Dad who tortured his baby so badly his legs had to be amputated is battered in prison with socks filled with tuna cans

A VILE dad who tortured his baby son so badly he had to have his legs amputated was attacked in prison by inmates using socks filled with tuna tins.

Vile Anthony Smith and his girlfriend Jody Simpson were sentenced to just ten years behind bars for horrifically abusing Tony Hudgell when he was six weeks old.

Now two inmates have been jailed after striking Smith repeatedly with their improvised coshes after tying him to his cell bed in a two-hour ordeal at Swaleside Prison on the Isle of Sheppey, Kent.

Michael Stewart and Nathan Odgers also threatened to "chop of his legs" – a reference to how the appalling injuries Smith had inflicted on little Tony when he was just six weeks old left him needing a double amputation.

The two men pushed Smith into his single cell and told him to go along with their hostage plan being staged in protest at being at the notorious category B jail dubbed 'Stabside', Maidstone Crown Court heard.

But it turned violent when other inmates shouted out his identity and wicked crime – with Smith left needing hospital treatment for multiple teeth fractures and bruising following the incident on August 7, 2018 – six months after he had been jailed.

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Prosecutor Jane Carpenter told the court: "They pulled out socks weighted with full tins of tuna and began to hit Mr Smith over the head and body.

"They were encouraging each other, saying 'Hit him harder, he deserves it' and 'Cut his ear off'."

As officers tried to get into the cell and a governor and a negotiation team were called, they continued to hit and kick their hostage, the court heard.

Some of the attack was captured on guards' bodyworn camera, as well as sounds of violence and laughter, Ms Carpenter said.

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"They discussed Mr Smith's offence and said he should have his legs chopped off," she told the court.

"One said 'I should chop this guy to pieces. He deserves that at the very least'."

Officers in riot gear eventually forced their way into the cell just before 7pm and the men calmly surrendered. Smith was still tied to his bed.

"His face was extremely swollen and bruised. He was taken to hospital and found to have multiple dental fractures, bruising and tenderness to his eye socket and spine," said the prosecutor.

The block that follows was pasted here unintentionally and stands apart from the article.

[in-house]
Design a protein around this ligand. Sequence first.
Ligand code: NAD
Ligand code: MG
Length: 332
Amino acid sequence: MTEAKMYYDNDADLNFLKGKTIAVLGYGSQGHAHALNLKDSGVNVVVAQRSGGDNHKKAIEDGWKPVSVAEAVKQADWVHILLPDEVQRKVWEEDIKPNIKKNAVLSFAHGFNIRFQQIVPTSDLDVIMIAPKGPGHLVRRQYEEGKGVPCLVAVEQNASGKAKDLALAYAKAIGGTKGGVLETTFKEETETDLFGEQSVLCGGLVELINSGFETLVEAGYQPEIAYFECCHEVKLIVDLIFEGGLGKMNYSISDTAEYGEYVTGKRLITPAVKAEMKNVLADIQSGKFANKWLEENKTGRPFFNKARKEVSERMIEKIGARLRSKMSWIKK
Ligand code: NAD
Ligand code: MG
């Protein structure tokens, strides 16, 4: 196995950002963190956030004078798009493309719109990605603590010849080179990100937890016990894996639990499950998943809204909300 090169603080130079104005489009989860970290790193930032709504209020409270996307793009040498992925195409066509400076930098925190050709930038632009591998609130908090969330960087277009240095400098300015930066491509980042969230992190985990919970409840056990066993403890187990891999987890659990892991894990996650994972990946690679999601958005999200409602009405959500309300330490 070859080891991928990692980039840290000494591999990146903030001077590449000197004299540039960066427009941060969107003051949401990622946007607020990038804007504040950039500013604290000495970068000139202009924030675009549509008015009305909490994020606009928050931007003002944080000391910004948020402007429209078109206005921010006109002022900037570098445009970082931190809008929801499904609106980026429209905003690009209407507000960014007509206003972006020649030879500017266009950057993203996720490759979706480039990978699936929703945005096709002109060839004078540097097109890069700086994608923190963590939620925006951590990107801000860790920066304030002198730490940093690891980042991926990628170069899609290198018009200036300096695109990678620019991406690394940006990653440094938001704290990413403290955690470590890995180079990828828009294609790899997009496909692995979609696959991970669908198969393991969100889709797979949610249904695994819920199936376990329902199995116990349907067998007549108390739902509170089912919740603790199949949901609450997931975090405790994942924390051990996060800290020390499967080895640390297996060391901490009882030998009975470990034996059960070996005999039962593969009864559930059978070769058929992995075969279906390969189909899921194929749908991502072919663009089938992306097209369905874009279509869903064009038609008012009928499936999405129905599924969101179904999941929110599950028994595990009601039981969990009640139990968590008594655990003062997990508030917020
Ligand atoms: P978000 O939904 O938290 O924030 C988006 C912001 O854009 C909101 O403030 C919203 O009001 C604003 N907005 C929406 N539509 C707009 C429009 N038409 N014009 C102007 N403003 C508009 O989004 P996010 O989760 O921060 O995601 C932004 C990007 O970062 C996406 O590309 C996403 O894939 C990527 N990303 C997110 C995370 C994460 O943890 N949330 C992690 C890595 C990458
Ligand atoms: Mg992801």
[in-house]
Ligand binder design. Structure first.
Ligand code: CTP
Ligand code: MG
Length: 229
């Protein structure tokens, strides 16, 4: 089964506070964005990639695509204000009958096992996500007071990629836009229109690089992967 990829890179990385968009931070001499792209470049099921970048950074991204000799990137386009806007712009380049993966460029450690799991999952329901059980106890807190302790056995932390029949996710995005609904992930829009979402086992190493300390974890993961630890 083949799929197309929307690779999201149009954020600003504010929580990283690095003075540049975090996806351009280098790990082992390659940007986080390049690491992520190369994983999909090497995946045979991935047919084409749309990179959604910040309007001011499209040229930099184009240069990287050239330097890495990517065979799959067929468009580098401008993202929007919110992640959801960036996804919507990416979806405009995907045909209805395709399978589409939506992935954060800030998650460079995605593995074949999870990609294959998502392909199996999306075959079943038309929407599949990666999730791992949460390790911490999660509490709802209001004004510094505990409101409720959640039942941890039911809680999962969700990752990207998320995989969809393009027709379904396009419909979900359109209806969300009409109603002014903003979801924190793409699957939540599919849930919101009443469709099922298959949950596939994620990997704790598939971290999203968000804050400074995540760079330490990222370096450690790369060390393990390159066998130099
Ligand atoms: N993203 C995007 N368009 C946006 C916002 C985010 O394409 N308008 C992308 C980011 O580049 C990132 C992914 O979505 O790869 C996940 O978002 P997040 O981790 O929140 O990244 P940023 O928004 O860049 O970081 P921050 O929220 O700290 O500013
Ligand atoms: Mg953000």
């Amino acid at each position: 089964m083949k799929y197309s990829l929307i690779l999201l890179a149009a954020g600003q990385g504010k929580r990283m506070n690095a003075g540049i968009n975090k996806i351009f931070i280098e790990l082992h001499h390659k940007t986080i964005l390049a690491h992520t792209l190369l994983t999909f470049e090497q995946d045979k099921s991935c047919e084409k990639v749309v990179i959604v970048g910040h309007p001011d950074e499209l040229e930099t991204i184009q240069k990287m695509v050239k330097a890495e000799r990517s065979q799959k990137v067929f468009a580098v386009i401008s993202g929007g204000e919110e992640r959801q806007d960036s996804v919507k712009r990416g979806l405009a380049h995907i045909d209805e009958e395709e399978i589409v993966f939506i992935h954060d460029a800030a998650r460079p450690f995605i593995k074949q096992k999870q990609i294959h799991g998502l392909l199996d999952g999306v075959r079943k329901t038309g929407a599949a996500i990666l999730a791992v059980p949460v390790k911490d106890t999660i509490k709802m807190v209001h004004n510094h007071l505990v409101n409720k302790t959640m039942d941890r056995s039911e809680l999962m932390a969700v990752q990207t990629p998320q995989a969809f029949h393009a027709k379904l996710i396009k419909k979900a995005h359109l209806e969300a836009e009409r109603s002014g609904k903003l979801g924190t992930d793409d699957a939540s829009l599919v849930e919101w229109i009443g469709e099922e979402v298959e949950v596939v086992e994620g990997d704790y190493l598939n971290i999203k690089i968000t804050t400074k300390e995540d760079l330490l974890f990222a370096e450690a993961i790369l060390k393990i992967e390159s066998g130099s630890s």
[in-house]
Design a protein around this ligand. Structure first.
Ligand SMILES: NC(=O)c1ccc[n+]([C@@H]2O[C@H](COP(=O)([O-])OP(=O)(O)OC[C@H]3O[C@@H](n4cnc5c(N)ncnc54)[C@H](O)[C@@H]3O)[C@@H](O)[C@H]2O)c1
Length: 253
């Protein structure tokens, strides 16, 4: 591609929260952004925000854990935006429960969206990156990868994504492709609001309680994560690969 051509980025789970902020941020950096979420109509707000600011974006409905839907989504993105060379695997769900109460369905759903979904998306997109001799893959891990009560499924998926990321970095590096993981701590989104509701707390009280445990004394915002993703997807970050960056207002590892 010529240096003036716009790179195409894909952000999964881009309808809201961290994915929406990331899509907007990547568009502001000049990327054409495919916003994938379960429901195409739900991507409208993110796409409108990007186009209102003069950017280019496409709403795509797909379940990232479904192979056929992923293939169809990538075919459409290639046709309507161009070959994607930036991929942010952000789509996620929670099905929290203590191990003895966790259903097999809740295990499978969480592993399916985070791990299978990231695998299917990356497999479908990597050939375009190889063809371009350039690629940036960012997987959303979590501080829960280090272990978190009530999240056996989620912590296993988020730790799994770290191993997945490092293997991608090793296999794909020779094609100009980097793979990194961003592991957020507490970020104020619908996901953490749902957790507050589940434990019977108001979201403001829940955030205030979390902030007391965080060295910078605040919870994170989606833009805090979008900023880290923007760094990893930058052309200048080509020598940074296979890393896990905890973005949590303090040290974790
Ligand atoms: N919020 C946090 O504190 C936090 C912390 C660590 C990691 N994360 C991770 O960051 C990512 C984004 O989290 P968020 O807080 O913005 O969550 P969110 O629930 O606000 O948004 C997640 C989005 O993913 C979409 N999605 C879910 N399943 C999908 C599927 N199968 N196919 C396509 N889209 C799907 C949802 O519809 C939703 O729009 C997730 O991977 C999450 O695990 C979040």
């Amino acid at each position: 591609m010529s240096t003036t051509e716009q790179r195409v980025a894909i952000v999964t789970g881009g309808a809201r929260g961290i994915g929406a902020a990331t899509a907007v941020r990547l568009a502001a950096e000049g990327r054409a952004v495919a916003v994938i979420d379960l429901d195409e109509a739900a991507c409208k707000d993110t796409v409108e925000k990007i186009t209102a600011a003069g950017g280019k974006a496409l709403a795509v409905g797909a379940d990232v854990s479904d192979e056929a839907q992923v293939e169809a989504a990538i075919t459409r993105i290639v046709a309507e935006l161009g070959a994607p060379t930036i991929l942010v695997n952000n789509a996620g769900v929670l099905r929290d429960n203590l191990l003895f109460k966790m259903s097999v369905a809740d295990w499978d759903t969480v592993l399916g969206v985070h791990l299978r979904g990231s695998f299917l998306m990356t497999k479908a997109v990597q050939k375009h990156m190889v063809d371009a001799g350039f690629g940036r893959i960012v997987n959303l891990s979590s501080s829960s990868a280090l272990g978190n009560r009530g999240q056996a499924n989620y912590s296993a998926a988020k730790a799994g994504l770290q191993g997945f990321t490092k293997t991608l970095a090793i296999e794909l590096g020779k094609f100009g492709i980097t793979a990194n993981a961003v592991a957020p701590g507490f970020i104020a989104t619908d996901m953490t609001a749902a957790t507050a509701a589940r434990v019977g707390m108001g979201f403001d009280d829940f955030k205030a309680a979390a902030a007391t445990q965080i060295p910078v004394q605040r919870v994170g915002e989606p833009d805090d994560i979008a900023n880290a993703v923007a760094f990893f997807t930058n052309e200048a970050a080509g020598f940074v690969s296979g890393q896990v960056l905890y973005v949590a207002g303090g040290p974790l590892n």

"He had 12 tooth extractions, four fillings and was fitted with dentures to his upper teeth."

Neither Stewart, who has spent most of his adult life behind bars with 72 previous offences recorded against him including wounding, robbery and battery, nor Odgers were charged in respect of the attack until March last year.

Dad of four Odgers, who has 45 previous crimes to his name, was serving a sentence of 10-and-a-half years for offences of aggravated burglary and firearm possession at the time.

Allen Wellington, representing Odgers, said the attack happened in an "emotional response" to learning of their captive's identity.

"There was no intention to use violence until he became aware of the nature of Mr Smith's previous offence, communicated to them by other prisoners standing outside the cell," he told the court.

Stewart, 31, and Odgers, 36, both admitted false imprisonment and assault causing actual bodily harm.


The pair were jailed for three years and eight months, and four and a half years respectively.

But as the victim of an attack in jail, Smith could now be in line for compensation as the prison service has an obligation to keep inmates safe at all times.

The child torturer is entitled to claim not only for his physical injuries, but also any mental stress or trauma suffered.

The possible taxpayer-funded payout has been slammed by Paula Hudgell, the adoptive mum of Smith's now seven-year-old son, Tony, who became a pandemic lockdown hero when he raised more than £1.6million for the hospital which saved his life and provides ongoing treatment.

Paula, 53, who lives in West Malling, Kent, said she was "horrified" that her son's abuser could financially benefit from his injuries.

"I cannot condone this violence in any way but it clearly demonstrates the disgust felt by society – and even by hardened criminals – as to what Smith did to a defenceless, newborn baby," she said.

"He and his girlfriend left Tony at death's door and with injuries so bad that his life is affected forever.

"So it's horrifying to think Smith could now be compensated for a few bruises and broken teeth.

"Perhaps if he is truly sorry for what he did, he will hand over any money he receives to charity."

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Last week, Tony's Law introducing tougher jail terms for those convicted of child cruelty offences was given Royal Assent under the Police, Crime, Sentencing and Courts Bill.

Smith and Simpson, convicted in February 2018 of offences of causing or allowing serious physical harm to a child and child cruelty, are due for release in August this year.

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